After the SVP hearing, the trial court determined that T.B. was an SVP and initiated civil commitment proceedings pursuant to 42 Pa.C.S. § 6403(a) and (b).[1] Another hearing was conducted, and, on March 1, 2012, T.B. was civilly committed to Torrance State Hospital. He filed an appeal docketed at 534 MDA 2012 from the commitment order. In that appeal, he again contests the use of confidential mental health records in connection with the SOAB assessment, at the SVP hearing, and for purposes of determining whether he should be committed under the dictates of § 6403.

As noted, the appeal at 1835 MDA 2011 is presently on remand from our Supreme Court so we can reconsider, in light of Harris, supra, whether the Commonwealth's December 1, 2011 motion to quash this appeal as interlocutory should be granted. Since the April 12, 2012 order granting the December 1, 2011 motion to quash was vacated, that motion remains unresolved. A motions panel of this Court deferred both motions for disposition by the merits panel. Accordingly, we resolve both motions prior to our consideration of the merits of T.B.'s claims of error.

In response to the motion to quash, T.B. maintains that the appeal at 1835 MDA 2011 is properly before us as it arises from a collateral order. As noted, T.B. contended before the trial court that Dr. Valliere considered confidential information that was improperly disseminated to her, [2] that the August 25, 2011 assessment should be stricken, and that a new assessment without use of the confidential material should be prepared. He asserts that the order in question permitting the use of allegedly confidential material in a judicial proceeding falls within the parameters of the collateral order rule, Pa.R.A.P. 313.

Our case law uniformly provides that if an appellant argues that an interlocutory order permitted the dissemination of information that is subject to a privilege, then the order is appealable as a collateral order. E.g. Commonwealth v. Harris, 32 A.3d 243, 249 (Pa. 2011) ("an order overruling a claim of privilege" is immediately appealable); M.M. v. L.M., 2012 PA.Super. 195, 55 A.3d 1167, (Pa. Super. 2012)(order requiring party to disclose ostensibly confidential mental health information was collateral order appealable under Pa.R.A.P. 313). Therefore, the December 1, 2011 motion to quash this appeal as interlocutory will be denied.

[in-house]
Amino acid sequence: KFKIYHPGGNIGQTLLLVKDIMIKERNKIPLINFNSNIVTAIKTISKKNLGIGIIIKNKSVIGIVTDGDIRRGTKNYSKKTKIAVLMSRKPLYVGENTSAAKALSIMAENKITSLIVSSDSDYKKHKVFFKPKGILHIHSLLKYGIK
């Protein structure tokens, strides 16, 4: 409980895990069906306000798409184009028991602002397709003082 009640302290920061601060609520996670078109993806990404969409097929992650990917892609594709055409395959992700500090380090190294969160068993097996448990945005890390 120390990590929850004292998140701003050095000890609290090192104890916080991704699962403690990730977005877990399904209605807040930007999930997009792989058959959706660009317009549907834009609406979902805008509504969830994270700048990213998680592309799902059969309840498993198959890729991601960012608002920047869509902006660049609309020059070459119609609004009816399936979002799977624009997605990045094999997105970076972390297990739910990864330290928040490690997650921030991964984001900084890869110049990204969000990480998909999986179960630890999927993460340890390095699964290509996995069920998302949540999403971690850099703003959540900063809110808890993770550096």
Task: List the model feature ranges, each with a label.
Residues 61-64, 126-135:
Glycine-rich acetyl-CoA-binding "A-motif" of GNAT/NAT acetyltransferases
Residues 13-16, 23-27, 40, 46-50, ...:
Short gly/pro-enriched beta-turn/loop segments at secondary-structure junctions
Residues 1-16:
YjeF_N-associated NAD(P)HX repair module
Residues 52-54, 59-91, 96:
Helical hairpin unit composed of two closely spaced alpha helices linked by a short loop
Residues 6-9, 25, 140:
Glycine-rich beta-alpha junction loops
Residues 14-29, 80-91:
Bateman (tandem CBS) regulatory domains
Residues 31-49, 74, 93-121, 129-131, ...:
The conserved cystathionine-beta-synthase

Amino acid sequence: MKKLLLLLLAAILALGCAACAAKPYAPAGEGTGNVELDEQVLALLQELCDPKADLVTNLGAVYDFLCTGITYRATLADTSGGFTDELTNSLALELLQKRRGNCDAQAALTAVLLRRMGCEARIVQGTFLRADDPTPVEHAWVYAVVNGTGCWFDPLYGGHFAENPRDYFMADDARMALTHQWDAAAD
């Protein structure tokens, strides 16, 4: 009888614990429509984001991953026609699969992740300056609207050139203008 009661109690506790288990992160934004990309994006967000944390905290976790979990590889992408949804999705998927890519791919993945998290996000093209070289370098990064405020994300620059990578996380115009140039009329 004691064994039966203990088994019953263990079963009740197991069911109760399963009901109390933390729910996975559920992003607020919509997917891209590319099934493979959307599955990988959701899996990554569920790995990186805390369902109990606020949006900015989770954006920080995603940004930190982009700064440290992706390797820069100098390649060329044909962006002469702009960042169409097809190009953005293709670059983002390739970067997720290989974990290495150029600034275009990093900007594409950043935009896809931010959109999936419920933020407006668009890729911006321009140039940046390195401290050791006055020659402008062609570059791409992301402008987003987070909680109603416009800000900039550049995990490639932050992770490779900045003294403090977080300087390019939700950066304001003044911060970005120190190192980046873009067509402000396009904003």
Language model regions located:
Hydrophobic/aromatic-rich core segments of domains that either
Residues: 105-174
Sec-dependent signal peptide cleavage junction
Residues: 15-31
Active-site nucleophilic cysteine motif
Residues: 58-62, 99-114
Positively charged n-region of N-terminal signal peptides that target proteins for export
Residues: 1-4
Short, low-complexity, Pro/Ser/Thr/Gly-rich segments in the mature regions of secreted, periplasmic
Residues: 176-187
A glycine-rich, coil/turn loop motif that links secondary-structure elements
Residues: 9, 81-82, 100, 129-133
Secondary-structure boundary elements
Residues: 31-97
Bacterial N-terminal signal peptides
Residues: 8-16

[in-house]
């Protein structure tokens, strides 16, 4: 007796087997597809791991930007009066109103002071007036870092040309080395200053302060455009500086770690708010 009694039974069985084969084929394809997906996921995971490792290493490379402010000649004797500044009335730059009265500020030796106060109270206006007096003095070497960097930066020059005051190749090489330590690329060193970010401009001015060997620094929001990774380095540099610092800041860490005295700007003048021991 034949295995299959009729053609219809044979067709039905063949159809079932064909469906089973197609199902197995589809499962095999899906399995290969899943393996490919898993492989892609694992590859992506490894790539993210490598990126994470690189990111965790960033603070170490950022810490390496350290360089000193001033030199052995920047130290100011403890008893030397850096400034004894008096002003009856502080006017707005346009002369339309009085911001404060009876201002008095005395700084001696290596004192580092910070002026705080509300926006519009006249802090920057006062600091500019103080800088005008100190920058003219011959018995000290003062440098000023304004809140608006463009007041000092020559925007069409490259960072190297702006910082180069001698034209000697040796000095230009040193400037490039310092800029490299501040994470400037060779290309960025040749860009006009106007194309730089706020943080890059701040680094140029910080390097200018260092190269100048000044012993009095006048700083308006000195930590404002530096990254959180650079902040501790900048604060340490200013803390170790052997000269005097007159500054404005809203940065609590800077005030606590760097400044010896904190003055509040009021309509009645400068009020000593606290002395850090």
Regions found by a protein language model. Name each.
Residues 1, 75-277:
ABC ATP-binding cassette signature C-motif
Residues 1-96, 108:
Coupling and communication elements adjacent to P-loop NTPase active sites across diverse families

After the appeal at 1835 MDA 2011 was remanded by our Supreme Court, the Commonwealth filed, on September 12, 2012, an additional motion to quash or to consolidate the appeal with that of 534 MDA 2012. In the September 12, 2012 document, the Commonwealth's position is that the appeal at 1835 MDA 2011 is moot because the underlying matter has proceeded to final resolution.[3] It contends that the issue raised is moot because the SVP hearing and civil commitment hearing were concluded, a final order was entered in the proceedings, and T.B. filed the appeal at 534 MDA 2012 involving the same question as that raised in 1835 MDA 2011.

A case will not be considered moot where an issue of public importance is involved and where the issue is capable of repetition and evading review. This exception to the mootness doctrine was examined in In re Petition to Compel Cooperation with Child Abuse Investigation, 875 A.2d 365 (Pa. Super. 2005). In that case, the parents of a child were compelled by the trial court to cooperate with the county children and youth services organization for the completion of a home visit of their residence after that organization received a complaint that parents had committed child neglect. Parents argued on appeal that the order was entered without probable cause and violated their constitutional right to be free from unreasonable searches and seizures. By the time the merits of the appeal were considered, the home visit had occurred and the investigation concluded with a finding that the allegation of child abuse was unfounded.